Brain workings and freedom

Discuss any topics related to metaphysics (the philosophical study of the principles of reality) or epistemology (the philosophical study of knowledge) in this forum.
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Belindi
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Re: Brain workings and freedom

Post by Belindi » May 5th, 2018, 4:46 am

Eduk wrote:
I would still require a standard evidence based approach even from a very powerful being.
Thousands believe they have found evidence. I pay you the compliment that you never will. You will however find kindness, truthfulness, faithfulness, mercy, wisdom, and knowledge among human beings.

Eduk
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Re: Brain workings and freedom

Post by Eduk » May 5th, 2018, 5:05 am

Sorry Belindi I can't follow your point. Why would it compliment me to never find evidence? And how is that related to positive traits such as those you mentioned? And lots of people believe lots of things.
Could you speak more plainly please.

Belindi
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Re: Brain workings and freedom

Post by Belindi » May 5th, 2018, 5:34 am

Eduk wrote:
May 5th, 2018, 5:05 am
Sorry Belindi I can't follow your point. Why would it compliment me to never find evidence? And how is that related to positive traits such as those you mentioned? And lots of people believe lots of things.
Could you speak more plainly please.
Because I have formed an opinion that you are not gullible.

The beautiful traits that I mentioned do exist and you can find them when you seek them. These traits may be personified as God among us. God among us , i.e. the immanent God, needs to be nurtured by us as it is not powerful in the worldly sense.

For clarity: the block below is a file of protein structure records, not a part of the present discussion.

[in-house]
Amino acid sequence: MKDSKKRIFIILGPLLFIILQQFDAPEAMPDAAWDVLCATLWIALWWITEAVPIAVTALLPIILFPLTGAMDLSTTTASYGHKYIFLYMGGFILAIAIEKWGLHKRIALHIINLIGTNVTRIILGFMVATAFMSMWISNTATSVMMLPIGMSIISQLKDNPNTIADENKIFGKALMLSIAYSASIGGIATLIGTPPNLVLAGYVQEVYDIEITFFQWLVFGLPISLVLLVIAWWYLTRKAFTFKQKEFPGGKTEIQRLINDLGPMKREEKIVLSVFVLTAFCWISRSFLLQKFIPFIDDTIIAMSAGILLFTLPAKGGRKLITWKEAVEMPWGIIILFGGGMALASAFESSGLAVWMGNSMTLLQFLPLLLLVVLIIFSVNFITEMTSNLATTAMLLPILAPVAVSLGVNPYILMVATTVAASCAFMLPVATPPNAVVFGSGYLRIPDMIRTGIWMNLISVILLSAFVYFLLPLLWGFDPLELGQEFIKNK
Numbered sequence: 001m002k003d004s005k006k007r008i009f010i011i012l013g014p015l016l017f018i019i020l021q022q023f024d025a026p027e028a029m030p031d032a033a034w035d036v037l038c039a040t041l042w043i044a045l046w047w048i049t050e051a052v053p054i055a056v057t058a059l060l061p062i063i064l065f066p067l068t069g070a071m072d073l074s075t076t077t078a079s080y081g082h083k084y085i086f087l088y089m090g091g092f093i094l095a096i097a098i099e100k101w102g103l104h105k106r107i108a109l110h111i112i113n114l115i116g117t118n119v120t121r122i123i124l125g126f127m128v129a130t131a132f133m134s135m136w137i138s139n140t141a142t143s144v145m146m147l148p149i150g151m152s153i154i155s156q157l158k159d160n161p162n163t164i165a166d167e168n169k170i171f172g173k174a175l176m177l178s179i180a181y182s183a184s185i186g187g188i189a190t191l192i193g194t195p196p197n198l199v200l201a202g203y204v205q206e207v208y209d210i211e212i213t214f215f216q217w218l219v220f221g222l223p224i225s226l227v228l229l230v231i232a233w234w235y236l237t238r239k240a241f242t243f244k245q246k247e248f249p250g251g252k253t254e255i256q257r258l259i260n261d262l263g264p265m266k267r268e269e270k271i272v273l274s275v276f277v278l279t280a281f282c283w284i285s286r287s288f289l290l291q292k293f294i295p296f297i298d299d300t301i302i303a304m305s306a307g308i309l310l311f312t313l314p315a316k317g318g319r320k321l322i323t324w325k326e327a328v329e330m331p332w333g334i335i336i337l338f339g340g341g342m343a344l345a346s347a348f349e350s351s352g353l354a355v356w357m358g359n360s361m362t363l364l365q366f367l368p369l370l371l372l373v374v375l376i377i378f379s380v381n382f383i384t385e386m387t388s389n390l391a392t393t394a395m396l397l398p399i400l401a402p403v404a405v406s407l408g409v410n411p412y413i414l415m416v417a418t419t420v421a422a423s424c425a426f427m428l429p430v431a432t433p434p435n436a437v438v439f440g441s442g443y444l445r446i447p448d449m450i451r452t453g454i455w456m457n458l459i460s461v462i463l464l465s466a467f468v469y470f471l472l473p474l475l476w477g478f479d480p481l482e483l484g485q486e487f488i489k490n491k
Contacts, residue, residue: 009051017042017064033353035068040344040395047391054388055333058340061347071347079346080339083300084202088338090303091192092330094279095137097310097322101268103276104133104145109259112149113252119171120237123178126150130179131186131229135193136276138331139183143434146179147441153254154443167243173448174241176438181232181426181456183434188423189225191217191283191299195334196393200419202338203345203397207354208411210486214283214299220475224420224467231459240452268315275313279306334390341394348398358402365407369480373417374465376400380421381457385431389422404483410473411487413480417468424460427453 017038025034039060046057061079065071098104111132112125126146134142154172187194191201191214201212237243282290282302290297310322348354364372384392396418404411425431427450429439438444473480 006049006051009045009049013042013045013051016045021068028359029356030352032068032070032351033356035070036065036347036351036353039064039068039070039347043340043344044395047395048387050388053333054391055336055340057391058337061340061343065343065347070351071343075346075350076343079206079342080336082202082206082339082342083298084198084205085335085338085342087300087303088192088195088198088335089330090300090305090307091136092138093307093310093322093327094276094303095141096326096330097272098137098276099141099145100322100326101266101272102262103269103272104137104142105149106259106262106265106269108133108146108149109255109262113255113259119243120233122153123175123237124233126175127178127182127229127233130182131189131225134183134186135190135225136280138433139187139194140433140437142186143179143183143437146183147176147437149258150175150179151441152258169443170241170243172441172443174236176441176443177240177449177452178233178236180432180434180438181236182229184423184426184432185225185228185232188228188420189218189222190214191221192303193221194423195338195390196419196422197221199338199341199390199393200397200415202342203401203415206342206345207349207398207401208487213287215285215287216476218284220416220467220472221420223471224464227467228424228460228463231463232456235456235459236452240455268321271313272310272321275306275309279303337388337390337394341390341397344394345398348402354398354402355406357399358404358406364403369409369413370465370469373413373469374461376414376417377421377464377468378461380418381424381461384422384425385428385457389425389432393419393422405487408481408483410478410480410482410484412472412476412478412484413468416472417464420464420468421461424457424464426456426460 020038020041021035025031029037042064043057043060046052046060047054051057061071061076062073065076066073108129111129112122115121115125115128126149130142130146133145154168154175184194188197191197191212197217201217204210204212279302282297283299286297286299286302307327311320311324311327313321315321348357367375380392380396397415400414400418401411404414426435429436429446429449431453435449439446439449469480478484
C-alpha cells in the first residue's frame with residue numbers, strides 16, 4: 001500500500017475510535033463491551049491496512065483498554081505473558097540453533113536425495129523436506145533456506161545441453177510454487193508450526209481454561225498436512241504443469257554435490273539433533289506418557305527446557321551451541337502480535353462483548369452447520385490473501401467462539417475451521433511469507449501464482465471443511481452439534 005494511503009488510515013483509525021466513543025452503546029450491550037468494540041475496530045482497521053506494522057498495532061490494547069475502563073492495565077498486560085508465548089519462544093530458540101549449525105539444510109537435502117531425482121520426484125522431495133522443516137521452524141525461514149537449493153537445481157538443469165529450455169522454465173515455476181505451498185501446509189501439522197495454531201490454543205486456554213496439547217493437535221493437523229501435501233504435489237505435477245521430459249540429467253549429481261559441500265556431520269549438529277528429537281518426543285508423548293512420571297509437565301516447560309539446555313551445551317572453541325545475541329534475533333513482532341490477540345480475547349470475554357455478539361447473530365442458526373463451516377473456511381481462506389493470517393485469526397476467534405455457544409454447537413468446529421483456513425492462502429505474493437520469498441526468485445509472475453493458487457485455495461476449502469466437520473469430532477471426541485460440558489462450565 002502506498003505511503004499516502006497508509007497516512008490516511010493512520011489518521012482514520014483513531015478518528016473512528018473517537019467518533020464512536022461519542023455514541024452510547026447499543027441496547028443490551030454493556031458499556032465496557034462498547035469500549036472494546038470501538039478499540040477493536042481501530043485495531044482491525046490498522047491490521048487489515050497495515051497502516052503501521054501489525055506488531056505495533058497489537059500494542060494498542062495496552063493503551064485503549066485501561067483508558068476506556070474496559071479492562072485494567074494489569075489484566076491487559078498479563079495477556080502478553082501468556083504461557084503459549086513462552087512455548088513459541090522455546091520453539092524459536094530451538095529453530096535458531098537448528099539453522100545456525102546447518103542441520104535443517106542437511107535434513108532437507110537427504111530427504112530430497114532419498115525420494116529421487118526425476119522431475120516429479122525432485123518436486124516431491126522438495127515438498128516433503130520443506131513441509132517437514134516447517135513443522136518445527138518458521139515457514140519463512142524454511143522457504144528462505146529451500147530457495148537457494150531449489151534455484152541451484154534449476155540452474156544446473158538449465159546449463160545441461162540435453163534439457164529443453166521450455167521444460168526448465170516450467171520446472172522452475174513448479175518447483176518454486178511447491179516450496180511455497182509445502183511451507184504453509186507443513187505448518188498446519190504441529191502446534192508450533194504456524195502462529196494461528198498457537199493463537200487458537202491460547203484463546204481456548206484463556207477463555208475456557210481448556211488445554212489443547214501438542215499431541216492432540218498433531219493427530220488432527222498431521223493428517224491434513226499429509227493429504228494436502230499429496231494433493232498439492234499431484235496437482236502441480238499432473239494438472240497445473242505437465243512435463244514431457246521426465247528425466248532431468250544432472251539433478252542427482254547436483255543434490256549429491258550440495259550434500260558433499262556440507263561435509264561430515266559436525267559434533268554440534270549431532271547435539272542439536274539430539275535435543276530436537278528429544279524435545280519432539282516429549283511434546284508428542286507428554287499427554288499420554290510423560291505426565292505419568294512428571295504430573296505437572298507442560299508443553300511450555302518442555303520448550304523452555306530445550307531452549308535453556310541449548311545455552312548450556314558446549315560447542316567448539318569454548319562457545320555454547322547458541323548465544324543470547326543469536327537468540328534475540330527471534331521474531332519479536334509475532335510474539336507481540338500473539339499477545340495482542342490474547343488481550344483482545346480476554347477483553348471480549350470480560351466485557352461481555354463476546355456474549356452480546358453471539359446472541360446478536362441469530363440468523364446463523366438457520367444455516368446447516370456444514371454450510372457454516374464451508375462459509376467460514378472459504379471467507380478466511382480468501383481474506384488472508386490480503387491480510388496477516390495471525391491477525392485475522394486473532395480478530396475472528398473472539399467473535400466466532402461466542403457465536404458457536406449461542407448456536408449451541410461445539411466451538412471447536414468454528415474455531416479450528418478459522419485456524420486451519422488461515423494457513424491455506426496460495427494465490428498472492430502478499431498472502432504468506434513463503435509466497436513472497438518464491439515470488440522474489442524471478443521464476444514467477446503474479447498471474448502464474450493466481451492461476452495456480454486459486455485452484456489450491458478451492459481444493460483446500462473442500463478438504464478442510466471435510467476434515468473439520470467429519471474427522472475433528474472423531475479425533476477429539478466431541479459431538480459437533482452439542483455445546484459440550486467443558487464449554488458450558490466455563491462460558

Eduk
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Re: Brain workings and freedom

Post by Eduk » May 5th, 2018, 9:05 am

I have nothing against poetry Belindi.

Gertie
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Re: Brain workings and freedom

Post by Gertie » May 5th, 2018, 10:24 am

kordofany wrote:
April 28th, 2018, 10:42 pm
Do you think we control the way the brain works to think? If the answer is no.. Do you think we're free?
Free will is a conundrum. Until we understand the relationship between between 'mind' and 'body' we don't know the answer, or even if free will is a coherent concept.

CIN
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Re: Brain workings and freedom

Post by CIN » May 5th, 2018, 11:15 am

Karpel Tunnel wrote:
May 5th, 2018, 12:40 am
Conclusions that are logical depend on the truth of the premises, which in this case would include the metaphysics and current best understandings of how things arise.
But since we don't currently know how universes arise, we cannot rule out the possibilities that they either arise from nothing (uncaused cause) or arise in an infinite series (infinity of causes). So I don't think these questions can be resolved by appealing to any kind of logic; it's an empirical matter. Obviously both an infinity of causes and an uncaused cause are highly counter-intuitive, but then so are relativity and quantum physics. The world does not shape itself to conform to our intuitions.

Karpel Tunnel
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Re: Brain workings and freedom

Post by Karpel Tunnel » May 5th, 2018, 12:01 pm

CIN wrote:
May 5th, 2018, 11:15 am
Karpel Tunnel wrote:
May 5th, 2018, 12:40 am